Leaning on her education and experience practicing medicine, she ran for Tribal Business Council, the governing body of the Three Affiliated Tribes. She would represent the North Segment of the Fort Berthold Indian Reservation, where New Town – the reservation’s largest community – is located.
“My mother – my best friend and mentor – said ‘it’ll be just like medicine, only you’re taking care of people in a different way,’” Monica said.
She won by a landslide, becoming the first and only female physician to serve a tribal council in all 573 federally recognized tribes in the United States.
When Monica returned to New Town at the beginning of her four-year term in 2016, she drove streets patrolled by packs of dogs and lined with trash, neighborhoods baring condemned buildings and broken-down vehicles. Visible signs of drug use dotted the scenery. “There were needles laying in the alleyways, tin foil in ditches,” she remembers.
She got to work, forming teams focused on housing and maintenance, and increased law enforcement from three staff members to 17. She breathed new life into Main Street, opening a laundromat, carwash, quick lube, and a wrecking yard. Up next: A daycare center.
“They’re not big moneymakers, but these are good services for our community,” Monica said.
She’s hired a staff more than 80 strong, and insists that they all become trained in CPR, Narcan administration, ethics, and more. She encourages them to run for community, tribal, and school board leadership positions.
Fighting for youth
In 2016, the New Town school had a 52% graduation rate. Attendance hovered around 55%. Just four years later, with Monica teaming up with the district superintendent, the graduation rate was closer to 90%, and the Class of 2020 graduated the most Honor Students in decades.
Monica has made it her mission to see that youth have the tools and motivation to achieve academically: every child receives a backpack filled with school supplies and the top 10 grade-earners in each class are rewarded with a bicycle.
“I always tell the kids that an education is the only guarantee in life and the one thing that absolutely no one can take from you. And you make a living off it and take care of your family,” she said. “I figure that if I keep pushing academics, getting educated, and working hard during my time in office, it’ll have its payback somewhere down the line.”
Fighting for elders
The age of COVID-19 brings new challenges in caring for an aging population, and the pandemic has hit tribal communities nationwide especially hard. The second Monica heard the word “pandemic,” her medical instincts kicked in. The North Segment – which houses about 300 elders (60 and older) quickly instituted a curfew, halted travel, limited gatherings to less than five people, and strongly encouraged the use of masks.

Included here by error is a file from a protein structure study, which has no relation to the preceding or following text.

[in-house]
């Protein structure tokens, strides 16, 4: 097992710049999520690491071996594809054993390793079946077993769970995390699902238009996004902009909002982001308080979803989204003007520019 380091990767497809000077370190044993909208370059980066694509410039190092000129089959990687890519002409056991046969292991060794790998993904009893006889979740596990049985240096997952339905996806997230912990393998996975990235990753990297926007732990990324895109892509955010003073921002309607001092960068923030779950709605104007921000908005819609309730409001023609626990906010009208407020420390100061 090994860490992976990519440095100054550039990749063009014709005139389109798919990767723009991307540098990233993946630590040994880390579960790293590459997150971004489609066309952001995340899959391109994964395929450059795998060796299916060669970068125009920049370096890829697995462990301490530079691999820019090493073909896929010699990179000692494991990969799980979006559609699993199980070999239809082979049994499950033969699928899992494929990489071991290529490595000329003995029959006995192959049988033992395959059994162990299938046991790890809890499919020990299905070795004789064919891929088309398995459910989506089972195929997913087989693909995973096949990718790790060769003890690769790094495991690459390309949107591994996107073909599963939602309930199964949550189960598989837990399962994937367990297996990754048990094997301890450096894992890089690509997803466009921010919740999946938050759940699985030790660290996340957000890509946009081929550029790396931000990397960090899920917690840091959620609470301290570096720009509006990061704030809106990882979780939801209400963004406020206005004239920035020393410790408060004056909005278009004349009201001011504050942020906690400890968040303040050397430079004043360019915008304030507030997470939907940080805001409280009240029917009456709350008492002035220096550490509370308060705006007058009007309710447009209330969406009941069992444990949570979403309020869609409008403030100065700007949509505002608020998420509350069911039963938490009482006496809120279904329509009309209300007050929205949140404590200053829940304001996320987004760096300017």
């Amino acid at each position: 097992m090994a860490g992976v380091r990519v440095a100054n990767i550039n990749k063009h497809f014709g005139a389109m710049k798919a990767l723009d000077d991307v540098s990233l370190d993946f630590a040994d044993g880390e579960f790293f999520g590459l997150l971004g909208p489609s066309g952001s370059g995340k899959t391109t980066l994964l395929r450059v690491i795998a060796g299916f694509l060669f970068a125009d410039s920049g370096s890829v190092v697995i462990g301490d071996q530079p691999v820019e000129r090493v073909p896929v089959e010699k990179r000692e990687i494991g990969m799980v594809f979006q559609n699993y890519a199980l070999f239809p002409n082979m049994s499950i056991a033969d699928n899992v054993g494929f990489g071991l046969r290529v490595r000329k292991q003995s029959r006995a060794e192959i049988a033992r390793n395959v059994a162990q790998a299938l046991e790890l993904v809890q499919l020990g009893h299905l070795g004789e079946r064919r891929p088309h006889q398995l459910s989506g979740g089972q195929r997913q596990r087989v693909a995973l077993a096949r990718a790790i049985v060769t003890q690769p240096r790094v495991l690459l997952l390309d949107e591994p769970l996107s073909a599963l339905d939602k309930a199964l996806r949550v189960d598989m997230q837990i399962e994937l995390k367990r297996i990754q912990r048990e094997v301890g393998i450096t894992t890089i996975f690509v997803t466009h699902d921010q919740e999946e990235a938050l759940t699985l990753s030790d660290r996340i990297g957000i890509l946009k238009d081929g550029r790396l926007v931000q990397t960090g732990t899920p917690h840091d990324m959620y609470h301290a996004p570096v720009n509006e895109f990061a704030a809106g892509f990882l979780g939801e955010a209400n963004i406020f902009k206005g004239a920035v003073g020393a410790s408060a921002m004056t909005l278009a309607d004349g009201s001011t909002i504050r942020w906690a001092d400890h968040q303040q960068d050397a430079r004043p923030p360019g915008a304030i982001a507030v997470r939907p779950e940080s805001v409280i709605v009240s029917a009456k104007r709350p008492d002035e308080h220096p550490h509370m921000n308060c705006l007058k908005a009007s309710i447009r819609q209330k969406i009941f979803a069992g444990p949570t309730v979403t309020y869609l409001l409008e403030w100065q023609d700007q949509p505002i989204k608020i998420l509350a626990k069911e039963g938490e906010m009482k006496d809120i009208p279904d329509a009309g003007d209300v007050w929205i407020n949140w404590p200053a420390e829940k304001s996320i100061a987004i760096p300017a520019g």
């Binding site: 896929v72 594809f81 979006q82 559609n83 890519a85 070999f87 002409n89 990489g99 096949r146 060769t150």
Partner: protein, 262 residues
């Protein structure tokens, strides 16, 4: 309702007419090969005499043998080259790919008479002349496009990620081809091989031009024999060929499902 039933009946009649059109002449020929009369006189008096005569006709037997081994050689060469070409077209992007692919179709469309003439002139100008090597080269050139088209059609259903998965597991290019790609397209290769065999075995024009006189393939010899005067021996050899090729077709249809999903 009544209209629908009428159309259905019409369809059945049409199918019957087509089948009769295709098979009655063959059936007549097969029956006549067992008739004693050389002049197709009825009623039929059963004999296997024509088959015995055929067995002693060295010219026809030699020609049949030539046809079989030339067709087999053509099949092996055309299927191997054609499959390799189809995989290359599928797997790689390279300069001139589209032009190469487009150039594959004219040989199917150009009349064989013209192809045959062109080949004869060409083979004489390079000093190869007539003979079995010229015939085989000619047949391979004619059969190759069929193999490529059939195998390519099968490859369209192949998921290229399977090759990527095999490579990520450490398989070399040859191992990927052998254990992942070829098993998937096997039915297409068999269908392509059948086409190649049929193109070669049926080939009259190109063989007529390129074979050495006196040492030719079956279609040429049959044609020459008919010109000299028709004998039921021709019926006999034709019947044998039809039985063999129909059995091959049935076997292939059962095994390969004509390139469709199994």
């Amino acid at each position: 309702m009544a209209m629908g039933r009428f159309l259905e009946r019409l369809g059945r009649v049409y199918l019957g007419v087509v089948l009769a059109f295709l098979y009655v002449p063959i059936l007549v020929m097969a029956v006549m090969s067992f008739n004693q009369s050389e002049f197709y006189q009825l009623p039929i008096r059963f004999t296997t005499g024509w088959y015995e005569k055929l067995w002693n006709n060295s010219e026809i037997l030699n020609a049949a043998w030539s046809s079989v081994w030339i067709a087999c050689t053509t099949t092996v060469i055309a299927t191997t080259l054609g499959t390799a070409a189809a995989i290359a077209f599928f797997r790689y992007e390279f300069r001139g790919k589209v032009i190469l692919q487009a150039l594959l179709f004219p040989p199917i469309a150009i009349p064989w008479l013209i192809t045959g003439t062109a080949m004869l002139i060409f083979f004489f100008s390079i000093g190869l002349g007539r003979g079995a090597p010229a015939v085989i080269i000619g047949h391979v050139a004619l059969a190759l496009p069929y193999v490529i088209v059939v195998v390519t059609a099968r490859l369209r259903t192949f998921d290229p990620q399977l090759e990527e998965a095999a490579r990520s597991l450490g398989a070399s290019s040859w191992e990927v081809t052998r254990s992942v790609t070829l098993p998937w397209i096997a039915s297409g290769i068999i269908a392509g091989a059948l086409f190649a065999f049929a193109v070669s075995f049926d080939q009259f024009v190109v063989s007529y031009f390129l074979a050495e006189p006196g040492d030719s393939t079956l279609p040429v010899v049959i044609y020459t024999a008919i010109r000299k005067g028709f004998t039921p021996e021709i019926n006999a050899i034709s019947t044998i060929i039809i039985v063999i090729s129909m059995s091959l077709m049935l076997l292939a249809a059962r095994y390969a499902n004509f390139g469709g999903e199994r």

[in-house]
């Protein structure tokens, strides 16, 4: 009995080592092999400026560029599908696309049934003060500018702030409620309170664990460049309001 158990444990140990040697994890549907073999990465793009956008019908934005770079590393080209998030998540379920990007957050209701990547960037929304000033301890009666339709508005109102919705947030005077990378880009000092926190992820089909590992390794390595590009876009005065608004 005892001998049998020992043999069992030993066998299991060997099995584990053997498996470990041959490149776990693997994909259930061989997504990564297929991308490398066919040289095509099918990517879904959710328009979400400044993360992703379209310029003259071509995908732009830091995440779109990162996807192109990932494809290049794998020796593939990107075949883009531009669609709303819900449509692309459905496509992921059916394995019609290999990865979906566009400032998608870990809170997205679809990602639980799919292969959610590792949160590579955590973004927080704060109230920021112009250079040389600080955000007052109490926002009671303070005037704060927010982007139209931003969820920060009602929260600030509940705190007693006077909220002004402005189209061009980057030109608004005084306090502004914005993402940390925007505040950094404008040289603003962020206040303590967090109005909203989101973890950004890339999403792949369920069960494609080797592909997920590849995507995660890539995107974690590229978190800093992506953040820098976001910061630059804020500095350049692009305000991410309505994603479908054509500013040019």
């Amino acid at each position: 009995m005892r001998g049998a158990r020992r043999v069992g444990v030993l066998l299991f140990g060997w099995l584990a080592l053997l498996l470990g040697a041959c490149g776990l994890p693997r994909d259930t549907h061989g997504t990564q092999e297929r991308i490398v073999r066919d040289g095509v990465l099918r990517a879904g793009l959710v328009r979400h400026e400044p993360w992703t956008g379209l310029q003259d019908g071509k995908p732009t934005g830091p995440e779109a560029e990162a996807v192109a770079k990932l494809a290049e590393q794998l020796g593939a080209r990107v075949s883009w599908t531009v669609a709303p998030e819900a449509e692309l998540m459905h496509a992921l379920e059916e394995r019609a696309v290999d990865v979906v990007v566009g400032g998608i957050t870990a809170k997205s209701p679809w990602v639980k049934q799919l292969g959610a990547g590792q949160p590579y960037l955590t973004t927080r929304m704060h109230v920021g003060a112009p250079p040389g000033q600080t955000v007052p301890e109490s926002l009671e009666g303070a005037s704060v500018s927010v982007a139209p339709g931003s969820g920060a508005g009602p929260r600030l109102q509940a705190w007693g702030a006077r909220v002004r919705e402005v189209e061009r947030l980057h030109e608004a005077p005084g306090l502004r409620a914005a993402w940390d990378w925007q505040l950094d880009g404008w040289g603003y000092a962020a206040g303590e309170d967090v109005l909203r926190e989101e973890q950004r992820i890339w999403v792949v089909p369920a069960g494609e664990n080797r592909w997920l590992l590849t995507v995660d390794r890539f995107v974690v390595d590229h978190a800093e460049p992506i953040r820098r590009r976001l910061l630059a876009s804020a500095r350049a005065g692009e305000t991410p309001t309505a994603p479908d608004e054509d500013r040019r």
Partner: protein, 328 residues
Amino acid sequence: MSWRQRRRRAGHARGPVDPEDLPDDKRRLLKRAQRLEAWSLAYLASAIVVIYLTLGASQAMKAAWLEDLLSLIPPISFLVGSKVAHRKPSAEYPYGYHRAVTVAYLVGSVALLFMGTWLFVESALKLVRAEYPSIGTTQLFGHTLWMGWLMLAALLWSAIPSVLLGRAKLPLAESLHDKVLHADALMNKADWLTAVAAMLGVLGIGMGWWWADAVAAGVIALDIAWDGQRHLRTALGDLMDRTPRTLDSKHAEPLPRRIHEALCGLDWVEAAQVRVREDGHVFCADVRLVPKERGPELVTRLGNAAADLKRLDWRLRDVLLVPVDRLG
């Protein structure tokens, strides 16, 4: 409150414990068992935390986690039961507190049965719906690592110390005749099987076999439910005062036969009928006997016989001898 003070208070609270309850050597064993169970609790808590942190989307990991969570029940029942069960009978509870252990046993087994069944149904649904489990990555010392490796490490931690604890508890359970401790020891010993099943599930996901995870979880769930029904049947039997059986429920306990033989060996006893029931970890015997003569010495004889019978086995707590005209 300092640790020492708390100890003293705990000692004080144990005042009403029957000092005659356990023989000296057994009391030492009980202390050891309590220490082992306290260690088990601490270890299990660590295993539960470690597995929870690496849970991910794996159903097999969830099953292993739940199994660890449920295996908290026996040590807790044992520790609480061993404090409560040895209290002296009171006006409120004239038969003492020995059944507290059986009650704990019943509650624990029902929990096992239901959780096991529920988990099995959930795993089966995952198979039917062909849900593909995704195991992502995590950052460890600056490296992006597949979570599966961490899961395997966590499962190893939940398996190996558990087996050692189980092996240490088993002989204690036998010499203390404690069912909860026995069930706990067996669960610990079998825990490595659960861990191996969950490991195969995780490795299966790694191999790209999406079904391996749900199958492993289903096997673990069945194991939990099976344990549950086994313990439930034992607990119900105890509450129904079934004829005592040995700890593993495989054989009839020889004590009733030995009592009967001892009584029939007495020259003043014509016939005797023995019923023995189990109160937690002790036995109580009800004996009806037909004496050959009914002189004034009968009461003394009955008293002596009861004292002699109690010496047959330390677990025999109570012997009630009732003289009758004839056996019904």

Monica’s staff made sure elders’ homes in their segment were safe, properly equipped, and accessible. They have consistently hand-delivered care packages to all elders, stocked with Clorox wipes, Kleenex, toilet paper, hand sanitizer, medications, and grocery store gift cards. Monica provided thermometers, pulse oximeters and blood pressure cuffs, along with instructions on how to use them.
“As a doctor, I never practiced medicine to make patients dependent upon me,” she says. “I try very hard to empower them with information on how to take care of themselves.”
Still, Monica says that the coronavirus, though very serious, isn’t the most pressing health crisis in her segment.
“So far (in late June), we’ve got no deaths from COVID,” Monica says. “But we have multiple deaths weekly from drug activity and overdoses.”
A world stage
“Doc M,” as she’s affectionately known to the people in her community, continues to do what she can to provide health education and combat addiction, diabetes, and other public health concerns.
Shortly after being elected to Tribal Council, she read a report from the National Institutes of Health in which data revealed the high rates of abuse among Indigenous women.
“Native American women are raped, assaulted, molested, and murdered 10 times more than any other race of women in the United States,” Monica said. “That piece of data was astounding to me.”
Monica was introduced to Victoria Tauli-Corpuz, the United Nations’ special rapporteur for Indigenous Peoples when Tauli-Corpuz visited the U.S. to further investigate the epidemic of violence against American Indian women. Sharing a mutual passion for the protection of women and families, she invited Monica to testify before the U.N. in Geneva, Switzerland, on the need for continued vigilance in fighting human trafficking specific to tribal communities.
Adorned in her traditional Native American headdress, or war bonnet, with genuine eagle feathers, the Human Rights Council couldn’t help but take notice of Monica. “You only get three minutes, so everyone else gets up to read so fast that you can’t understand them. But I spoke very loud and very clear and very slow. And I got everybody’s attention.”
She’s still got everybody’s attention. She heals, leads, serves, and fights for her people, and her name is Good Medicine.
CULTURAL SIGNIFICANCE: Dr. Monica Mayer is an enrolled member of the Mandan, Hidatsa, and Arikara Nation. As someone who has earned a great place of honor among her tribe — a veteran, an elder, and a tribal councilperson — she adorns a traditional Native American war bonnet for ceremonial purposes. The headdress is made of genuine eagle feathers, a mark of high respect, and it is worn while leading out in powwows and other events.